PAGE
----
By Steve Douglas and Rob Harris, Associated Press English soccer has never seen a team so utterly dominant as Manchester City entering the packed Christmas program. There seems little doubt Pep Guardiola will be raising the Premier League trophy for the first time in May. It is just a question of when City will wrap up its third title since 2014, and how many records will tumble on the way. City has already reeled off the most consecutive English top-flight wins — a record extended at the weekend to 17 games. Manchester United's record Premier League title-winning margin of 18 points from 2000 could also be under threat. And England could be looking at its third unbeaten "Invincibles" team after Preston in 1888-89 and Arsenal in 2003-04. So it doesn't bode well for a compelling second half of the Premier League season? Think again. The chase for the other three Champions League spots should be fierce with eight points separating second-place Manchester United and Arsenal in sixth. Chelsea, Liverpool and Tottenham are in the mix among them. Two leading sides will fall by the wayside and be denied a place among the European elite. The battle to stay in the world's richest soccer league is also intense. No team is stranded at the bottom, with Swansea in 20th place only six points behind Southampton in 13th. A closer look at the first half of the season: ___ TITLE RACE City leads by 13 points at the halfway stage after winning 18 of its 19 games and drawing one in the best ever start to a Premier League season. The only dropped points came at home to Everton in the second game on Aug. 21, when City played more than a half with 10 men following Kyle Walker's sending-off. Guardiola won the Bundesliga with Bayern Munich in late March in 2014 — aided by a winning streak of 19 games never before seen in a major European league. It will be tough for Guardiola to win the title that early in England as he chases a quadruple after finishing his first season at the club without a trophy. City is already through to the League Cup semifinals, into the Champions League last 16 and begins its FA Cup campaign in two weeks. Man United is in second place, with defending champion Chelsea three points further back in third. United manager Jose Mourinho says the title race is still on, but the rest of his peers among the chasing pack don't see City faltering now. It will be intriguing how Mourinho reacts to be seeing his title ambitions further fade in his second season at United, having already opted to publicly call out his "childish" players after a draw at Leicester on Saturday. ___ PICK OF THE PLAYERS Kevin De Bruyne is playing in a deeper role for City this season, virtually as a center midfielder, and it is bringing the best of out the Belgium midfielder. He has provided many of this season's wow moments, from scoring the winning goal at former club Chelsea in September with a fierce left-footed strike from outside the area to the assists for goals by Leroy Sane and Raheem Sterling in the 7-2 win over Stoke in October Dovetailing perfectly with fellow playmaker David Silva, De Bruyne has six goals and eight assists but it's more than just his statistics. His prodigious work rate, range of passing and crossing ability — arguably the best in the Premier League since the days of David Beckham — that make him a strong contender for the player of the season awards. No wonder City is determined to nail down the 26-year-old De Bruyne to an improved, longer contract. ___ EMERGING TALENT Amid an offseason of record spending in English soccer, little was made of Watford signing Richarlison from Brazilian team Fluminense for 13 million pounds ($17 million). Yet the 20-year-old forward is proving a bargain, settling in quickly to the pace and intensity of the Premier League and being one of the key factors in Watford's impressive start to the season that, at one stage, saw them challenging around the top four. Direct, skilful and quick, Richarlison already has five goals and keeps getting himself in great positions to score more, with his finishing sometimes letting him down. Opponents have cottoned on to his impact, with Richarlison telling ESPN Brazil this month: "Teams are already marking me individually, they are putting two players there on my side." Chelsea and Tottenham have been linked with the Brazil under-20s player, who has yet to earn a call-up to the senior squad. That appears only a matter of time. Other players to break through this season are Chelsea's Andreas Christensen, the Danish center back who has ousted David Luiz, and Liverpool's Joe Gomez, the right back who has ensured long-term injury absentee Nathaniel Clyne hasn't been missed. ___ SURPRISE TEAM An unfashionable club is mixing it with the heavyweights of the Premier League against all the odds. We've heard this before, right? Two years ago, it was Leicester delivering a soccer fairy tale by somehow winning the league. Now it's Burnley's turn to provide the feel-good story of the season. Widely regarded as a relegation candidate at the start of the season, Burnley is currently seventh. Don't rule Burnley out of staying in the tussle for the Champions League qualification places, with Liverpool only three points better off in fourth. The northwest team hasn't finished a season higher than sixth place in the top flight since 1974. Burnley, which has conceded just 15 goals in 19 games, has already beaten Chelsea away and drawn at Tottenham and Liverpool. Not bad for a team that returned a profit of about $20 million in summer player sales when most of the rest of the Premier League was spending freely. ___ POINTS TO PROVE Alexis Sanchez is a superstar performing well below expectations this season, perhaps as a result of failing to secure a move to Man City from Arsenal during the summer. That transfer could be revived in January — Guardiola cut an awkward figure recently when asked about making a new bid for the Chile forward — to potentially leave City with an even greater wealth of attacking riches. Sanchez has five league goals. By this stage last season, he had already scored 12 on his way to career-high haul of 24 for a single league campaign. In the dugout, these are testing times for two British managers: Alan Pardew and Mark Hughes. Pardew succeeded Tony Pulis a month ago with a mission to keep West Bromwich Albion in the Premier League. Then the Baggies were two points above the bottom three. Now they are next-from-bottom after collecting only two points from Pardew's first five games. Hughes' future appears on a knife-edge at Stoke despite a pressure-relieving victory over West Brom on Saturday that hauled the team three points from the danger zone......»»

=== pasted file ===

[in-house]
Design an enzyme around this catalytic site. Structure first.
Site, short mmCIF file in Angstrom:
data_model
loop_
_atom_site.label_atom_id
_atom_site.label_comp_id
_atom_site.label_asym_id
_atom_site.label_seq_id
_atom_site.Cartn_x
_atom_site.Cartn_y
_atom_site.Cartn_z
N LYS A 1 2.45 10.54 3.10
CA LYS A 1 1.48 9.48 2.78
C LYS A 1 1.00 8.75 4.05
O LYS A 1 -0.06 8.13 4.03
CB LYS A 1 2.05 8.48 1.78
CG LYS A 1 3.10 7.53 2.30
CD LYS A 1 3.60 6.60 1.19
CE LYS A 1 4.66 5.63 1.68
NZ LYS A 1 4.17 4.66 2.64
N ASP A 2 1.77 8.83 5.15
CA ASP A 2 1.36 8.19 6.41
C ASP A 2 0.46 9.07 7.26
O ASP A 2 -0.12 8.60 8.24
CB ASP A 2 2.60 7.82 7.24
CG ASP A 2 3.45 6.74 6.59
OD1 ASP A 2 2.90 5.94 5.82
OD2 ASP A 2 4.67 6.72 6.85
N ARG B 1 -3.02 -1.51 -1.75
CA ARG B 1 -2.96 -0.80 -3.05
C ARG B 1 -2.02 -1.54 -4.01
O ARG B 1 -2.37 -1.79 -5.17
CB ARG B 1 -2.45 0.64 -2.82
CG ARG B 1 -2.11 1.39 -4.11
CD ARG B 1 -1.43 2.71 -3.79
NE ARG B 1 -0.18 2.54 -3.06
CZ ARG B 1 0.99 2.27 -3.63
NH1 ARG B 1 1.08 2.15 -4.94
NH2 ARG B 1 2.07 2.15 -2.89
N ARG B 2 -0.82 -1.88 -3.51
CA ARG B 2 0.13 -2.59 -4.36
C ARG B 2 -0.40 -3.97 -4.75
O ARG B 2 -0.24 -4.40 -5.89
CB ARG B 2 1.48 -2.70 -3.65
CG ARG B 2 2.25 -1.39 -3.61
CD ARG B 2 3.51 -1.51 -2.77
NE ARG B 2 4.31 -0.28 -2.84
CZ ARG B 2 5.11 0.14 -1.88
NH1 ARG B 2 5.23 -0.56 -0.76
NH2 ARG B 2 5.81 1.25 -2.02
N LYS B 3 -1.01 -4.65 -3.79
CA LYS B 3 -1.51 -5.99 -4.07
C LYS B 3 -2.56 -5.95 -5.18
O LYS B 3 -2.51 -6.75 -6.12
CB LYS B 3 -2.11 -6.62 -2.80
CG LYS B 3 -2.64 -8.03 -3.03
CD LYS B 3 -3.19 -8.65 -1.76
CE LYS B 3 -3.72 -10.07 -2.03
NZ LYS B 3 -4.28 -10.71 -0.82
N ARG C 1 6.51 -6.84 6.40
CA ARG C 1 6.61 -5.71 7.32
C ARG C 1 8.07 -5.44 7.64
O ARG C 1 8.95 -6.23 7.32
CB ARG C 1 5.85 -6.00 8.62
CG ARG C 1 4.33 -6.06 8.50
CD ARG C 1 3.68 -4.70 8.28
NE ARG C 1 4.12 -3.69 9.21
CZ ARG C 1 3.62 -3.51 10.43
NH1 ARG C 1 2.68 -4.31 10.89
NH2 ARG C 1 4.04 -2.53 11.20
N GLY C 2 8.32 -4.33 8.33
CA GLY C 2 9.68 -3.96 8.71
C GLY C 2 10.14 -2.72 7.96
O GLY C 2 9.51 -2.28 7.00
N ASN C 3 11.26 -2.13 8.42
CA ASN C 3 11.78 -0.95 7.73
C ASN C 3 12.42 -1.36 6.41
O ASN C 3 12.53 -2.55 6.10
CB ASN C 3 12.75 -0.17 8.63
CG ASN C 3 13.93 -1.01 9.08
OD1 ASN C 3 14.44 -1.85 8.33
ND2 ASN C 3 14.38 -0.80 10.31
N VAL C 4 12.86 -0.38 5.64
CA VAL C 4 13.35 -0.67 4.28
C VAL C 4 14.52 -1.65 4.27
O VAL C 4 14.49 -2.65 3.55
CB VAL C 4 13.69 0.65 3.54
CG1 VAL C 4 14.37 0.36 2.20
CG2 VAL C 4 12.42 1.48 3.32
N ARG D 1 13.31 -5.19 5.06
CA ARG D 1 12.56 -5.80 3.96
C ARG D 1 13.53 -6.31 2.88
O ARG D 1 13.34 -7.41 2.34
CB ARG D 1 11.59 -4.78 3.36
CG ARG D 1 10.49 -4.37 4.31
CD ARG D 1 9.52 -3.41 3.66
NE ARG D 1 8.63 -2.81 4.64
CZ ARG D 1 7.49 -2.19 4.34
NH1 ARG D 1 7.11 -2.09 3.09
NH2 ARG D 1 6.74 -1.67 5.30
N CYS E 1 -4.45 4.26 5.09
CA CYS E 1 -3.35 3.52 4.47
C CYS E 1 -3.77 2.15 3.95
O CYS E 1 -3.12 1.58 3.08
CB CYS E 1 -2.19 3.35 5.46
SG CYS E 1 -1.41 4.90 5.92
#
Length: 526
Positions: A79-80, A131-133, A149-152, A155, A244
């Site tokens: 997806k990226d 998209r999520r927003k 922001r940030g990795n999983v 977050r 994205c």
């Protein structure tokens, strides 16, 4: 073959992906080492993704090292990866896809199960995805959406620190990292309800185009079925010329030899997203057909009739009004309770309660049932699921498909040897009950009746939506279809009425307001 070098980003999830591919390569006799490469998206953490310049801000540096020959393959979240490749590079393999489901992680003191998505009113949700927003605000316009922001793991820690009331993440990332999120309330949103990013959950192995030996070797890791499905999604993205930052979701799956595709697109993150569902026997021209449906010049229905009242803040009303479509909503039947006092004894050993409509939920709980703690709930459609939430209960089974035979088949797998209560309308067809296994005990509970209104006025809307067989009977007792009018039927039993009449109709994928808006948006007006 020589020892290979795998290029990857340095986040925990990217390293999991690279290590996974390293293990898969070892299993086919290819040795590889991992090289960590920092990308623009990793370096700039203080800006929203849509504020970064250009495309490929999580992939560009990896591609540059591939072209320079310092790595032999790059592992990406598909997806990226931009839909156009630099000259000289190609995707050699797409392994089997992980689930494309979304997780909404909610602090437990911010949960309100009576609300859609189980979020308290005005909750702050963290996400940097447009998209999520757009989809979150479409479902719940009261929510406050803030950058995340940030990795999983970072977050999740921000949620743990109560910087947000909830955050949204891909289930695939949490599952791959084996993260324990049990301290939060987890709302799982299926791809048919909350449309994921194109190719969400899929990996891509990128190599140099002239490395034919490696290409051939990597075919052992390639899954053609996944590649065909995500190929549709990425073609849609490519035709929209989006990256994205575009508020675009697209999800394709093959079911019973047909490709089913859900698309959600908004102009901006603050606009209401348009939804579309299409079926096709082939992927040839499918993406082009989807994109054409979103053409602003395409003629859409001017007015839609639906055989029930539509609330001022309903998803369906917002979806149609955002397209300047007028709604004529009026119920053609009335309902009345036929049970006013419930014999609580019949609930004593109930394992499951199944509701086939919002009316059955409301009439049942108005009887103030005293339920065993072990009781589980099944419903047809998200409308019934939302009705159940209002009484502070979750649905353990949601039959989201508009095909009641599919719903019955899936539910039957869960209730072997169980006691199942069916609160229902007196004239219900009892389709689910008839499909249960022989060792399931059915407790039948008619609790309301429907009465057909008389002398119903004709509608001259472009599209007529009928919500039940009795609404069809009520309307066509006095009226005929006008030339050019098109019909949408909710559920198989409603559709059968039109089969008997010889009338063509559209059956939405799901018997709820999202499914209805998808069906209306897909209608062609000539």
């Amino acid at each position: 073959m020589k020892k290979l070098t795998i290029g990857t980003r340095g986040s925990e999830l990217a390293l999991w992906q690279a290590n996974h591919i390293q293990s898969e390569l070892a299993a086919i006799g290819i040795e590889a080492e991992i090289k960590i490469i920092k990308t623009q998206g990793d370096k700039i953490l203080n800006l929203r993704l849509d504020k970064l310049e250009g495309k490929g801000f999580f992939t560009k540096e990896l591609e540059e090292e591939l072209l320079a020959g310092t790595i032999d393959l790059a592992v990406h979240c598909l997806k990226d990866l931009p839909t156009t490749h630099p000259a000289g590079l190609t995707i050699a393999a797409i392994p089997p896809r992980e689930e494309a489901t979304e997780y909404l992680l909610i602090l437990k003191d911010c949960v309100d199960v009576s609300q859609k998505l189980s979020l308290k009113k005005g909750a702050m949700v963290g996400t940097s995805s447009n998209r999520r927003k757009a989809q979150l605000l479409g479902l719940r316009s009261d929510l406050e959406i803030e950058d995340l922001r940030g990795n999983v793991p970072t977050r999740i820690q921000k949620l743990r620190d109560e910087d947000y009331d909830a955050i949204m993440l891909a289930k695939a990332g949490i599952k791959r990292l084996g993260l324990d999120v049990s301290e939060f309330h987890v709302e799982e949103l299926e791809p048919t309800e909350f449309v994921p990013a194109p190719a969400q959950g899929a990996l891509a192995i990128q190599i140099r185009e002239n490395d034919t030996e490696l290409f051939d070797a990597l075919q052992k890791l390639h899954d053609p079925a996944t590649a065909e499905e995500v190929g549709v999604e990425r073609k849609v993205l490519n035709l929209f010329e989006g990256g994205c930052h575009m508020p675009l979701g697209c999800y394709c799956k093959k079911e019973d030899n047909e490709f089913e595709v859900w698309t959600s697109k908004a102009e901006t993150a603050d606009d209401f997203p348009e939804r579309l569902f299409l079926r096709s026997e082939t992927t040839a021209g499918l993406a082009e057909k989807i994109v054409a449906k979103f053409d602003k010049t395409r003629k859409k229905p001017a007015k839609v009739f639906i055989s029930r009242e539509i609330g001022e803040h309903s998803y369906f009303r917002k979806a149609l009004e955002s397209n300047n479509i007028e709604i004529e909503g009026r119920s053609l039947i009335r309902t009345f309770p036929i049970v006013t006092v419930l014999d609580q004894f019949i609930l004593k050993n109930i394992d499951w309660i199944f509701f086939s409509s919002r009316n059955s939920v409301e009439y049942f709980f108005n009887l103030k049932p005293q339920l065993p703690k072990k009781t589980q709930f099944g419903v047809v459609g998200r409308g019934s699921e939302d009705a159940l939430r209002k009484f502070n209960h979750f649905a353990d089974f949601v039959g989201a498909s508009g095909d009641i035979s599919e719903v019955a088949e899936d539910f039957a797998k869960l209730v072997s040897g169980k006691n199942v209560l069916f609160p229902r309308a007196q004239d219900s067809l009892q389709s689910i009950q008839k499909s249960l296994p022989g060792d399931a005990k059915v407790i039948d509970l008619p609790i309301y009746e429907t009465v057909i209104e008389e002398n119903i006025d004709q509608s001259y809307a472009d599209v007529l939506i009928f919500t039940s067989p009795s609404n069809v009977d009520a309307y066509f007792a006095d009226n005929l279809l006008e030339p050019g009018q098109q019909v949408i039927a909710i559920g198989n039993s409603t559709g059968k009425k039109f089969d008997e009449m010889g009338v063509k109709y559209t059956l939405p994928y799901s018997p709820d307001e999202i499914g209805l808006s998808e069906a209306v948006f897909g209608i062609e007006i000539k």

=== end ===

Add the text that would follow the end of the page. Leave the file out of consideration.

Category: sportsSource:  abscbnRelated NewsDec 25th, 2017